While valuable, clearance rates alone do not accurately depict a court’s success in moving its entire docket forward in a timely fashion. A court may regularly demonstrate a 100 percent or greater clearance rate while simultaneously keeping a sizable number of cases from being disposed of within applicable time standards. Accordingly, clearance rates should,
where practicable, be viewed alongside a measure that gauges the extent to which a court’s caseload is pending beyond time standards, such as the overage rate.
Clearance Rate =   Total number of outgoing cases
                                  Total number of incoming cases
Overage Rate
This measure identifies the extent to which a court’s pending caseload lags past applicable time standards, or, overage. To put it another way, it measures the size of a court’s backlog. It is calculated as follows: Using the monthly caseload statistical reports submitted by judges, the total number of cases pending beyond the time guideline is determined
using the reported “Cases Pending Beyond Time Guideline” value, and the total number of cases pending is determined using the reported “Pending End of Period” value. The result is multiplied by 100 and expressed as a percentage.
In 2008, the Supreme Court, in
Disciplinary Counsel v. Sargeant, 118 Ohio St.3d 322, 2008-Ohio-2330, identified an overage rate of 10 percent or greater as an indication of a case management problem.
The 2009 Statistical Summary demonstrates that a county which handled 200 cases in 1997, and had 1800 to 2000 foreclosures filed in 2009 would be required to clear (clearance rate) 1600 more foreclosures within one year (overage rate).  There is an increase of 1600 cases with no new Judges, no new Magistrates, and most likely fewer Clerk of Court staff person.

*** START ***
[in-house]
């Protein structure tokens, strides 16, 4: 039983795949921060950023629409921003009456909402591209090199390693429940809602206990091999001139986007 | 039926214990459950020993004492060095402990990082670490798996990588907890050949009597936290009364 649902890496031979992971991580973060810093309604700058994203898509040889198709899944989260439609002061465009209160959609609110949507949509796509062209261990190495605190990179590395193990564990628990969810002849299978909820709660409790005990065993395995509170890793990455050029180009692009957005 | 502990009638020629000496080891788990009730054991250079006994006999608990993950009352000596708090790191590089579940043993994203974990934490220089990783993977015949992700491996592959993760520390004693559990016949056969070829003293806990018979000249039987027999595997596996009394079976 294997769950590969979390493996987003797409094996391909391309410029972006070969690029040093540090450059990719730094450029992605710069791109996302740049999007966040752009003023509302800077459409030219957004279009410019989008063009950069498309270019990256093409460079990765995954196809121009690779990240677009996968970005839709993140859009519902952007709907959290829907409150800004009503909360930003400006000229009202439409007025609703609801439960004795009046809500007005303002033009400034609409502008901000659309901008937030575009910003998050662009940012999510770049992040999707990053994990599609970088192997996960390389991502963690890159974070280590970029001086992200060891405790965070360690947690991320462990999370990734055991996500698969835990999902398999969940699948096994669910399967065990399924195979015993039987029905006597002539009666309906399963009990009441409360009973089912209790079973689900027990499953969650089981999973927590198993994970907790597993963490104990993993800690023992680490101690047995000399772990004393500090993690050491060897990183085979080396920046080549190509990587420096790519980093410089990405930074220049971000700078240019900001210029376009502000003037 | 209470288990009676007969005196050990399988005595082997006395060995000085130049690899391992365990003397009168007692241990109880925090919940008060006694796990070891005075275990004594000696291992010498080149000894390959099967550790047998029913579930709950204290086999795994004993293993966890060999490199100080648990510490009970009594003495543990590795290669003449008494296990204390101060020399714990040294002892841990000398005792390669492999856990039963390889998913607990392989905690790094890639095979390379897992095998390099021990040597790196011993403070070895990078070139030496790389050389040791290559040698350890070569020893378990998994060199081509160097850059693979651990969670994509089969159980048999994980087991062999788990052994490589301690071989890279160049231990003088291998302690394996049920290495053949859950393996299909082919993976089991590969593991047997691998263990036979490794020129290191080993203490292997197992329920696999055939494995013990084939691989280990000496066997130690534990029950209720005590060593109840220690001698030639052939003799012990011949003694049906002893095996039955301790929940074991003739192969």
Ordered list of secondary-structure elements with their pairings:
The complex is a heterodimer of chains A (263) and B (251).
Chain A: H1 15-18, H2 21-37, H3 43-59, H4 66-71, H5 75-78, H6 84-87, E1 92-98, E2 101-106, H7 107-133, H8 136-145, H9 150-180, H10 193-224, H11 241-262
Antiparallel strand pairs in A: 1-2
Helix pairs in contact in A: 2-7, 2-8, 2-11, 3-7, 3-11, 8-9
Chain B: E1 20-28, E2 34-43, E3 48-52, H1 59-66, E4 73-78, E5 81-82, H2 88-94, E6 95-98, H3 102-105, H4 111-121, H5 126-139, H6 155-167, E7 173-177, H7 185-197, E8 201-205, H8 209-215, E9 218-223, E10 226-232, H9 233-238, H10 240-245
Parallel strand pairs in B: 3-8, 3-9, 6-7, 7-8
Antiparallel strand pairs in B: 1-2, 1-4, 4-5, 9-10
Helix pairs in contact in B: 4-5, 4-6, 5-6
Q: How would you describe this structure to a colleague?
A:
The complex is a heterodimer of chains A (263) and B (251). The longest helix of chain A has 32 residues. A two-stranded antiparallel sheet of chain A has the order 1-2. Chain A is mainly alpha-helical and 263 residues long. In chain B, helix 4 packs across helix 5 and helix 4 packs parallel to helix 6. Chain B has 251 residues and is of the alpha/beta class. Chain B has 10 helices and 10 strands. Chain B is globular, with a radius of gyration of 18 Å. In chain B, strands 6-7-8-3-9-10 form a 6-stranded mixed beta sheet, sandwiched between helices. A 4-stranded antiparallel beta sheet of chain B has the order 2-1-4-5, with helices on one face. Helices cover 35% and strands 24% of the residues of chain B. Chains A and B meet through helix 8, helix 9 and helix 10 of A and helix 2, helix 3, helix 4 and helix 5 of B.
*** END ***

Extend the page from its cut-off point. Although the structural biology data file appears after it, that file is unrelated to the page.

Foreclosures must be completed within one year.  There are now many more foreclosures filed each year.  The Banks are using this pressure to overwhelm the Court system.  This causes a tension between HAMP which says foreclosures are to be stayed vs. the Ohio Supreme Court guidelines which require cases to be completed in a year.  As a result "Duel Tracking" must take place in Ohio, because the Courts can not afford to stay cases and still comply with the Ohio Supreme Court time guidelines. 

Duel Tracking is not inherently evil, but the Banks convince the Homeowners that they do not need an attorney.  The homeowner does not need to worry about the foreclosure.  However, when the time is up, the Court is going to dispose of the case. 

The oddity of the Supreme Court Guidelines is that the case is considered closed regardless of whether the Home goes to Sheriff's sale.  So Courts that are racing to comply with Supreme Court statistical reporting requirements are much more likely to cancel a Sheriff's sale due to HAMP modification.  Unfortunately for Homeowners, attorneys have trouble even finding the HAMP guidelines and statutory authority.  So Homeowners finally seek out counsel after the decree of foreclosure, and the attorney says there's nothing I can do for you now; its too late.